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Old 03-14-17, 03:50 PM   #6002
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Re: Health Care discussion continues - part 9

I can't remember where I saw it, maybe John Oliver, but they made a very good point. What is the benefit to this whole "across state lines" carrot? What benefit would an insurance company have in say PA to sell insurance in MD? They'd have to set up a provider network in another state, hire additional personnel and for what? A small company isn't going to put out the money and a Blue Cross wouldn't undercut themselves on price.
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Old 03-14-17, 03:53 PM   #6003
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Re: Health Care discussion continues - part 9

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Originally Posted by joeblow69 View Post
I think the republicans are really LUCKY that the CBO estimates for obamacare were WAY off. At least that gives them some sort of deflection.
Sure. "Lucky". Setting aside the cynicism in the idea that anyone is lucky there are more uninsured than anticipated, isn't the error in CBO's estimate almost entirely attributable to the states that chose not to take Medicaid expansion? In other words, the only reason CBO's estimates were off is because Republicans (in state government) didn't follow the statute as it was examined by CBO.
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Old 03-14-17, 04:02 PM   #6004
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Re: Health Care discussion continues - part 9

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Originally Posted by Timber View Post
I can't remember where I saw it, maybe John Oliver, but they made a very good point. What is the benefit to this whole "across state lines" carrot? What benefit would an insurance company have in say PA to sell insurance in MD? They'd have to set up a provider network in another state, hire additional personnel and for what? A small company isn't going to put out the money and a Blue Cross wouldn't undercut themselves on price.
The benefit for an insurance company might be fewer regulations and less consumer protection. In practice, it doesn't work because of the need to set up hospital and doctor networks locally.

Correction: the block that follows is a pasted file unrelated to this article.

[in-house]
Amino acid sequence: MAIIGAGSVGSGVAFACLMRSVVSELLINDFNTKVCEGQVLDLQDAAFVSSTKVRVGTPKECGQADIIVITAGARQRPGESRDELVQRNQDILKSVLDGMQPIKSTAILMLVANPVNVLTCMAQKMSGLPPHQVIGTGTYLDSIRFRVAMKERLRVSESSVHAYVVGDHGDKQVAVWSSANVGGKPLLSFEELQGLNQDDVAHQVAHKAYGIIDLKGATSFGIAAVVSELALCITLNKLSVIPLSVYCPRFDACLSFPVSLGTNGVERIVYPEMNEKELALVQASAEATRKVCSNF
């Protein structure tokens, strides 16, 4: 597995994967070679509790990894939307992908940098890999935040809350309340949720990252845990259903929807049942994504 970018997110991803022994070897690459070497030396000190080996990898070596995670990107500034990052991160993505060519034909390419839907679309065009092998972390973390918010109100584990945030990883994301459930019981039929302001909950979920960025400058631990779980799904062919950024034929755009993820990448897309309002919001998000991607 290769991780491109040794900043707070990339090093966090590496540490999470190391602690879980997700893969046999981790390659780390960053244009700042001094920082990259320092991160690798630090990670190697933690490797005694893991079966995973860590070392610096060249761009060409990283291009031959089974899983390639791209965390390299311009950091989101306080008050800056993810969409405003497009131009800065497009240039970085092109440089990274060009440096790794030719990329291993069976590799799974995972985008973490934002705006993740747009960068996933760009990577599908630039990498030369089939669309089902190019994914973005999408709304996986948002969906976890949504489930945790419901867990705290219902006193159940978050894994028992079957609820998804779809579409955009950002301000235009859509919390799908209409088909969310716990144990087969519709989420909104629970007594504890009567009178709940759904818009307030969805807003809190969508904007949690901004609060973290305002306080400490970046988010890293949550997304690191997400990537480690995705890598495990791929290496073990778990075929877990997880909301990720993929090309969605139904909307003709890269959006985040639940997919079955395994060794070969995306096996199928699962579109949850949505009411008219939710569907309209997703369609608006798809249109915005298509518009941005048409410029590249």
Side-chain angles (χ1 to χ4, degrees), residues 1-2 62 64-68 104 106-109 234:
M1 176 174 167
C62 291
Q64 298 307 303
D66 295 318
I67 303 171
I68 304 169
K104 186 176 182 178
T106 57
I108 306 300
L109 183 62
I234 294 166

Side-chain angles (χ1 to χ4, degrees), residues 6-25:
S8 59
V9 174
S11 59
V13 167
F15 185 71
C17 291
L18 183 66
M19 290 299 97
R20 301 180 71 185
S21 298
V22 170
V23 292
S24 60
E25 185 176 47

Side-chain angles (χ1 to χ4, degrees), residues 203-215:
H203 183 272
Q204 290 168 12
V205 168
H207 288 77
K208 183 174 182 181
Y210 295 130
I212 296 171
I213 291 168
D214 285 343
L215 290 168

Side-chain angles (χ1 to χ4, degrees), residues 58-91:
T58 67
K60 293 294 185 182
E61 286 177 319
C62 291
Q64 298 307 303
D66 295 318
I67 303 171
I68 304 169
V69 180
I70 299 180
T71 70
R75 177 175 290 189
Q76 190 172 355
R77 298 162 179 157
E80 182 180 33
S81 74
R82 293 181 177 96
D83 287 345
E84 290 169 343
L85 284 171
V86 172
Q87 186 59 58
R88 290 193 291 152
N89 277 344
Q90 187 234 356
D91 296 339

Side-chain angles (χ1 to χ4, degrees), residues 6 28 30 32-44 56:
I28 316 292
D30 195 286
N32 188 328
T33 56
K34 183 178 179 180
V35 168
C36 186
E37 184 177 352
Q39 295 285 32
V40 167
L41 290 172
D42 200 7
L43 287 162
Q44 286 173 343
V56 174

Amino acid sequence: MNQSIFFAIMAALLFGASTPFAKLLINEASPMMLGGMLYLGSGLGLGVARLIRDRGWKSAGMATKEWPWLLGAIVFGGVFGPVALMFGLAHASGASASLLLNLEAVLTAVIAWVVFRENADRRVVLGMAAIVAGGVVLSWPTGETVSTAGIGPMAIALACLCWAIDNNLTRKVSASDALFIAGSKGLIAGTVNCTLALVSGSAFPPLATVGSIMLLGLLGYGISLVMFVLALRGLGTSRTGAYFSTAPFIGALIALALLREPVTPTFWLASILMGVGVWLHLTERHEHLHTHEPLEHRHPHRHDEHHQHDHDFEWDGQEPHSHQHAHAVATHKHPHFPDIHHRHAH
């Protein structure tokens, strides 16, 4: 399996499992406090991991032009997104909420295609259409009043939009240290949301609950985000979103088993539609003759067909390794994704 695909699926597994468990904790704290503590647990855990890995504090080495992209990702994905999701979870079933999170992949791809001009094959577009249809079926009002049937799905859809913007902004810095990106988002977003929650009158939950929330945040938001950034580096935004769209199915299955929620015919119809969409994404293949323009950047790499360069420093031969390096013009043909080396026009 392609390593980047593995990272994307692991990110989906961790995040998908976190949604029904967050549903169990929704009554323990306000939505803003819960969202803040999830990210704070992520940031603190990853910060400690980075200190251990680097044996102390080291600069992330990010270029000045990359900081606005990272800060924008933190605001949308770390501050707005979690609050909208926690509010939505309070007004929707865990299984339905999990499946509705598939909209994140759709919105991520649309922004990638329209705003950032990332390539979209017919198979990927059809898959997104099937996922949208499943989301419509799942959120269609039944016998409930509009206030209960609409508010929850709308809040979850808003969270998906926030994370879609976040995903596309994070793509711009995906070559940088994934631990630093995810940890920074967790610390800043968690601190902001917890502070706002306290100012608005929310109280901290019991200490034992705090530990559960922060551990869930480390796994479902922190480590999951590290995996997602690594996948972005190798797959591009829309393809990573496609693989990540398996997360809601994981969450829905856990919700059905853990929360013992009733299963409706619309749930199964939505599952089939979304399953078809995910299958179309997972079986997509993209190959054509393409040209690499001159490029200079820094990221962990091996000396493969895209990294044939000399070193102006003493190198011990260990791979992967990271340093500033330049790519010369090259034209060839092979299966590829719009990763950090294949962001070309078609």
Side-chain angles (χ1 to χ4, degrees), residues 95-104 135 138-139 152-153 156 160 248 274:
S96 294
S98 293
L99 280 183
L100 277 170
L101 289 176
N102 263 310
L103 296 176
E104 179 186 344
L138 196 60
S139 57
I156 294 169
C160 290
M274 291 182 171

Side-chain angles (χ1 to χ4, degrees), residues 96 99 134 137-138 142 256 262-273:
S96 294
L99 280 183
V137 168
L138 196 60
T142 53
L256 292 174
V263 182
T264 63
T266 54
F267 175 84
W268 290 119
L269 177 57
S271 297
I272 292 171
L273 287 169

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Old 03-14-17, 04:17 PM   #6005
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Re: Health Care discussion continues - part 9

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Originally Posted by JasonF View Post
Sure. "Lucky". Setting aside the cynicism in the idea that anyone is lucky there are more uninsured than anticipated, isn't the error in CBO's estimate almost entirely attributable to the states that chose not to take Medicaid expansion? In other words, the only reason CBO's estimates were off is because Republicans (in state government) didn't follow the statute as it was examined by CBO.
I think they did well. What they had to do was really to model human behavior -- to estimate how likely it is for someone to buy health insurance or pay the tax penalty. Other factors in those days were the fierce opposition and bad propaganda by ACA skeptics. It was a lot harder than Apple forecasting how many iPhone 7 units they will sell, and building enough so they don't run out before Christmas.

Most models go through many iterations, and you fine tune over time with more data to get closer to reality. The CBO results for ACA was their first iteration, with little precedent to go on.
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Old 03-14-17, 04:31 PM   #6006
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Re: Health Care discussion continues - part 9

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Originally Posted by Vibiana View Post